From John Hennessy:
At the Gettysburg conference a couple weeks back, Dennis Frye and I got into a bit of a public conversation. By way of background, both of us entered the NPS at about the same time way back when, and while we have followed differing paths, we have ended up in the same place. He is the Chief Historian at Harpers Ferry NHP. I am the Chief Historian at Fredericksburg and Spotsylvania NMP. Dennis possesses a brilliant mind. I have always considered him to be the rabbit this sorry hound is chasing.
The exchange we had revolved around what should be our purpose when giving public programs. Dennis–who is a superlative interpreter and historian (and there is a difference)–offered that when giving public programs, his purpose is not to provide answers, but to provoke questions. I suggested that when I go on a tour with Dennis Frye, who knows as much about Harpers Ferry and Antietam as anyone on earth, I want to know what he thinks about the key questions that surround those places–what has he learned, and how does he use that information to ANSWER the great questions. I don’t want him merely to point out those questions to me.
Reflecting back on that exchange, it occurred to me that we were really talking about two different roles we play before the public, often obscured or merged. Historians seek answers to questions–help build our knowledge and understanding. Interpreters provoke questions, bidding others to further inquiry, to become historians themselves. And those who are both historians and interpreters–if they are any good–meander back and forth between the two roles with ease.
The NPS is full of fine historians–people who have done original work that has expanded our understanding of the Civil War. The staff at Fredericksburg & Spotsylvania NMP, for example, has written something approaching a dozen books, some of them standards in the field. There is little doubt that some of our staff know more about the events around Fredericksburg and elsewhere than anyone on earth and can relate those events to the larger themes of history with ease. “Subject matter experts” get a bad rap in the NPS, for there is a presumption that immense knowledge equates to poor interpretation. Simply not true.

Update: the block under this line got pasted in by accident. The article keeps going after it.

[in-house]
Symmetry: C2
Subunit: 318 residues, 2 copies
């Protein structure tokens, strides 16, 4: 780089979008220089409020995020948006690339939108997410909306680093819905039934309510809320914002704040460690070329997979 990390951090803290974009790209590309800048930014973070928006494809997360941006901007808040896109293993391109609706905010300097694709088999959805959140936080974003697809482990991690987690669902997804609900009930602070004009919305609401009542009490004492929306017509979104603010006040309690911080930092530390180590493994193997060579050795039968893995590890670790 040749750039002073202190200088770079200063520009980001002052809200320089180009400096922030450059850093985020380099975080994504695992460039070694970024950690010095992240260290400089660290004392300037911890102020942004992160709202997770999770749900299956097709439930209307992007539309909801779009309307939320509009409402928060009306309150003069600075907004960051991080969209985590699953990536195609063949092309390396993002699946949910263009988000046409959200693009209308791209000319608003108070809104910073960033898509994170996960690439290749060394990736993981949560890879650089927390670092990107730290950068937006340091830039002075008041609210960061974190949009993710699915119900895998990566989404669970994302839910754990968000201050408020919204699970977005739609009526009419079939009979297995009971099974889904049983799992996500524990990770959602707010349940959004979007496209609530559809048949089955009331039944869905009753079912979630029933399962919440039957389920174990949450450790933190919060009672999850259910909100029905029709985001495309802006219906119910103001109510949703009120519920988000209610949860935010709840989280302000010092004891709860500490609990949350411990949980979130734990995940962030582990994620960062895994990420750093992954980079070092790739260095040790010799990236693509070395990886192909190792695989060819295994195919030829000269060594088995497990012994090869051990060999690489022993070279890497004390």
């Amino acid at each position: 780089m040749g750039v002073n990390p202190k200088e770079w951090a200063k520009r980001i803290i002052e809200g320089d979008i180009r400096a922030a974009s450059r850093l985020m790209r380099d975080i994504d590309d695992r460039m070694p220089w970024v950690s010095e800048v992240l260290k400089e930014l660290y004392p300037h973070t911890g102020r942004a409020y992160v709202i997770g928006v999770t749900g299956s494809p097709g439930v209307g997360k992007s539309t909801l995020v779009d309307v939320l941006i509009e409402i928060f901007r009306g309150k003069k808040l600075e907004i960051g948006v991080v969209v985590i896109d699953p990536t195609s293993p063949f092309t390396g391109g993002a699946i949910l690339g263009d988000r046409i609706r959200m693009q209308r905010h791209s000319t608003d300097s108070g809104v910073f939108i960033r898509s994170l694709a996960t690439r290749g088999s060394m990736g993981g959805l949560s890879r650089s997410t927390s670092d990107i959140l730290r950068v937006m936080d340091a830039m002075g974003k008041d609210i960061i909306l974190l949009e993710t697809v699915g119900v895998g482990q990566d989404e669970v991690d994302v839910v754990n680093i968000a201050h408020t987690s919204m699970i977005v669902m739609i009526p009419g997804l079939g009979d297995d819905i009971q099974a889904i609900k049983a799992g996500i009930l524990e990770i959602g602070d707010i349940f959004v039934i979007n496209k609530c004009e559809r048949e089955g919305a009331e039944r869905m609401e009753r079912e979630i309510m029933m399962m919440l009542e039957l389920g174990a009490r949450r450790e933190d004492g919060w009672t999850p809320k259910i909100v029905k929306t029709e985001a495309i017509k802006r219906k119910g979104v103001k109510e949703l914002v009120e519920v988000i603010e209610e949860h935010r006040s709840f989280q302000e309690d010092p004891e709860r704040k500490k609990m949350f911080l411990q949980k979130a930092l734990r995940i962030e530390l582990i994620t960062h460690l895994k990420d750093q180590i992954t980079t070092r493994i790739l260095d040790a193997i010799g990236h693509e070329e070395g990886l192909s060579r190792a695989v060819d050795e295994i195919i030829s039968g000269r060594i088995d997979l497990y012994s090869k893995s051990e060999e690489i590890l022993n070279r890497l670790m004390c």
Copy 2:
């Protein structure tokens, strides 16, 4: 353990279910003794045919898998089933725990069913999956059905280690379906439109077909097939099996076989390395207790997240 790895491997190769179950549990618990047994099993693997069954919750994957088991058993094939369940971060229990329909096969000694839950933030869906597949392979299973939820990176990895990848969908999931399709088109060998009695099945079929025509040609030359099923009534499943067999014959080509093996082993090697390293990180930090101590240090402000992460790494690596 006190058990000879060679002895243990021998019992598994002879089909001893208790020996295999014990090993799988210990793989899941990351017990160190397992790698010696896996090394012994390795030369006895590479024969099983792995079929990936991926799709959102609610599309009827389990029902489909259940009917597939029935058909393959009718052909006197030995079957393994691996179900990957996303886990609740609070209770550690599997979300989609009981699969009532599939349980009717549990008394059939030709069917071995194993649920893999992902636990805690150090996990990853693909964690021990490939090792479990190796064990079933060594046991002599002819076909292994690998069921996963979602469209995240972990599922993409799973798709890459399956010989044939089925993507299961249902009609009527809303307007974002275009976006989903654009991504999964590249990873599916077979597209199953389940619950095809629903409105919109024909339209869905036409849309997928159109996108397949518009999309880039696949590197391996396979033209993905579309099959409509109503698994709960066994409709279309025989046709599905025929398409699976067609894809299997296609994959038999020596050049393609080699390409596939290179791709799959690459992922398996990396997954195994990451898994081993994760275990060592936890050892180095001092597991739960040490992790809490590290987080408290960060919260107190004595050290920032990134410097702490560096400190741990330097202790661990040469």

The NPS is also possessed of many outstanding interpreters–people who don’t just educate, but provoke people to question and learn. They are an incredibly valuable part of what we do. But not all interpreters (provokers of questions) also assume the role of historian (seekers of answers to those questions). And to be good at what they do, they don’t necessarily have to. Most park programs include a mix of pure interpreters and historian/interpreters.
But, the best historical interpreters I know are also historians. By that I mean they seek answers, they expand the world’s knowledge, AND they have the ability to engage the public in creative conversations about such things. Dennis Frye is such an animal. So are Frank O’Reilly and Donald Pfanz and Scott Hartwig and Peter Carmichael. Sometimes they act as pure interpreters. (Catch Dennis sometime talking about John Brown; it’s interpretive art). Sometimes they are historians, speaking to some of the great historical questions of the day, applying all that they have learned….and generally to the audience’s great benefit.
People like Dennis apply those varied skills to different audiences, in varying admixtures. The best historian/interpreters have an unerring instinct for recognizing the time and place for each and to move back and forth without anyone noticing. Not everyone can.